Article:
In spring of 1955, 67-year-old Emma Gatewood walked away from her Ohio home and caught a flight to Atlanta to begin hiking the Appalachian Trail. Starting from the southernmost point of the trail, Emma told no one where she was headed, simply telling her eleven grown children that she was going for a walk. Months …
Long before Romantic poets such as Wordsworth and Coleridge made the Lake District a celebrated landscape, generation after generation of shepherds were farming this mountainous region of northwest England. These “nobodies,” as The Shepherd’s Life author James Rebanks likes to say, are “the great forgotten silent majority of people who live, work, love and die without leaving much of a trace that they were ever here.” Rebanks can no longer claim to be a nobody. On his popular Twitter account (@herdyshepherd1), he shares picturesque scenes from his Lake District sheep farm with his 68,000 followers, and now he’s written a best-selling book about the cycles of the shepherding year, his deep roots in Cumbria, and the farming culture of the region.
Devastated by the sudden death of her beloved father, H is for Hawk author Helen Macdonald attempts to deal with her grief by acquiring and training a goshawk named Mabel, intending, like the famous British author and falconer T.H. White, to become “ferocious, feral and free.” H is for Hawk is a seamless blend of memoir, nature writing, and literary criticism: not only does it chronicle the development of Macdonald’s extraordinary relationship with Mabel , but it also follows the arc of the author’s grief and examines White’s process of training his own goshawk, drawing from his aptly named classic The Goshawk.
If you have an interest in memoirs about addicts, alcoholics, the mentally ill, or anyone who is just generally self-destructive, this book has it all! In Splendid Things, author Blake Bailey, known for his biographies of John Cheever and Richard Yates, tells the story of his own family. While Bailey is truly open and honest in his depiction of both his own chaotic life and that of his parents; his father Burck, a lawyer from Oklahoma and his narcissistic, German born mother Marlies, the memoir primarily focuses around his brother Scott, an undiagnosed, mentally ill addict and alcoholic.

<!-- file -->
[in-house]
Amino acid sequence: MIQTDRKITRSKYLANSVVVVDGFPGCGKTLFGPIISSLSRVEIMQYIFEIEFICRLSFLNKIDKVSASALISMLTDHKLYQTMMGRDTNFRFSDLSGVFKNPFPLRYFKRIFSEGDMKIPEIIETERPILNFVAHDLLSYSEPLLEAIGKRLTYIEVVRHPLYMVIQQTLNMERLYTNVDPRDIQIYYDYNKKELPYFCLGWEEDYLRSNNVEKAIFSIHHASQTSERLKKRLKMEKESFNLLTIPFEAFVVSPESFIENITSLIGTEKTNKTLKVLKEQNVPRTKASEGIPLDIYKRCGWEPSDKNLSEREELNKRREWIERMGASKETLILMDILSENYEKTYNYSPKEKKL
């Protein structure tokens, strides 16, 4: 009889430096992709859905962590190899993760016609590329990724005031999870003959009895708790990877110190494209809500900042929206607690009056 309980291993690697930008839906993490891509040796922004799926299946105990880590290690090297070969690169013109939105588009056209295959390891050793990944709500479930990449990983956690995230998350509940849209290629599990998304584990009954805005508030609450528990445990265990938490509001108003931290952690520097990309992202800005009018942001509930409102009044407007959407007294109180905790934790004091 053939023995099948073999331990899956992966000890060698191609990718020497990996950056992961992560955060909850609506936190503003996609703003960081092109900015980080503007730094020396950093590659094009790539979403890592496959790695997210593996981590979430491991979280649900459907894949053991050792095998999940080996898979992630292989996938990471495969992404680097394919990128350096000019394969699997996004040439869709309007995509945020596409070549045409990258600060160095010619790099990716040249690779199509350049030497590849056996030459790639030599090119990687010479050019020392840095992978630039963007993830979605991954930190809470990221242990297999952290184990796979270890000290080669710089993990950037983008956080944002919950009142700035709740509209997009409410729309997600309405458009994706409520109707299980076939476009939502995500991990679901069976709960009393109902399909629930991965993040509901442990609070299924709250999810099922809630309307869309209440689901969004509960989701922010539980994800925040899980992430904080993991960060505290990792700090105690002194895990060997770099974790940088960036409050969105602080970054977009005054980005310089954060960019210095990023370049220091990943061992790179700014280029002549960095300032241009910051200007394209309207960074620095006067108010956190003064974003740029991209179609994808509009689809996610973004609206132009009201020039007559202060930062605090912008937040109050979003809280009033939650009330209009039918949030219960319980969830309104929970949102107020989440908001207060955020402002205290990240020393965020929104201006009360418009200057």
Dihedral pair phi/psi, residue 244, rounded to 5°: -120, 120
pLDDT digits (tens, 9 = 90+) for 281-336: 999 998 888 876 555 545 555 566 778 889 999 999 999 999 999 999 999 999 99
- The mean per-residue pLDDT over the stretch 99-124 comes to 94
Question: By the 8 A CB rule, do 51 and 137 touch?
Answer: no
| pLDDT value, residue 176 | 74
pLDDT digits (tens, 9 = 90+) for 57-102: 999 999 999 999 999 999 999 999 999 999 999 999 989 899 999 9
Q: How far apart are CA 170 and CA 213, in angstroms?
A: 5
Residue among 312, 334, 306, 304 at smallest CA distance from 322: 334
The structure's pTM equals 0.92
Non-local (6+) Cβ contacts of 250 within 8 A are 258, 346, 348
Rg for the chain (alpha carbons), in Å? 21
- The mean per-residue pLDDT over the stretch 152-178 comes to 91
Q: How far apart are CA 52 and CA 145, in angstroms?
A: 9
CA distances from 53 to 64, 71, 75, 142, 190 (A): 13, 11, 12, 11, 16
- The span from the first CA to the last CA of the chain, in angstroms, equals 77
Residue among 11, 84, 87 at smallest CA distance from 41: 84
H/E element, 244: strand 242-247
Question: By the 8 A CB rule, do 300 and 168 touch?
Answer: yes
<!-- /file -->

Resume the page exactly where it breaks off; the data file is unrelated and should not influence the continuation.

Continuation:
Warning – do not read this giggle-inducing book on a plane if you’re easily embarrassed. Jenny Lawson, journalist and author of Thebloggess.com, is hilariously honest and inappropriate in telling the story of her outlandish childhood and life. Much of Lawson’s experiences seems too strange to be true yet will somehow remind you of someone you know.
Imagine yourself having a drink with friends in a public tavern. The next thing you know you’re chained to a floor awaiting transport to an undisclosed location. Is this the Middle East? No. This was the United States in 1841.
Solomon Northup was a freely born African American traveling in New York when he was abducted and sold into slavery. Solomon spent twelve years on the plantations of southern Louisiana.
In Four Blue Stars in the Window, Nebraska native Barbara Eymann Mohrman, writes a poignant memoir of her family’s greatest generation. Inspired by mementos and interviews with her family, she tells their stories of rural Nebraska life beginning in the 1920s. Her grandparents, immigrants from Sweden, settled in Oakdale on a farm where they raised 10 children.
In 1964, merely months after losing her husband, Jacqueline Kennedy was interviewed by close friend Arthur Schlesinger about her memories of John F. Kennedy. Released to the public nearly 50 years later, Historic Conversations on Life with John F. Kennedy is a window into the personal thoughts and aspirations of JFK, and the remarkable life of a First Lady.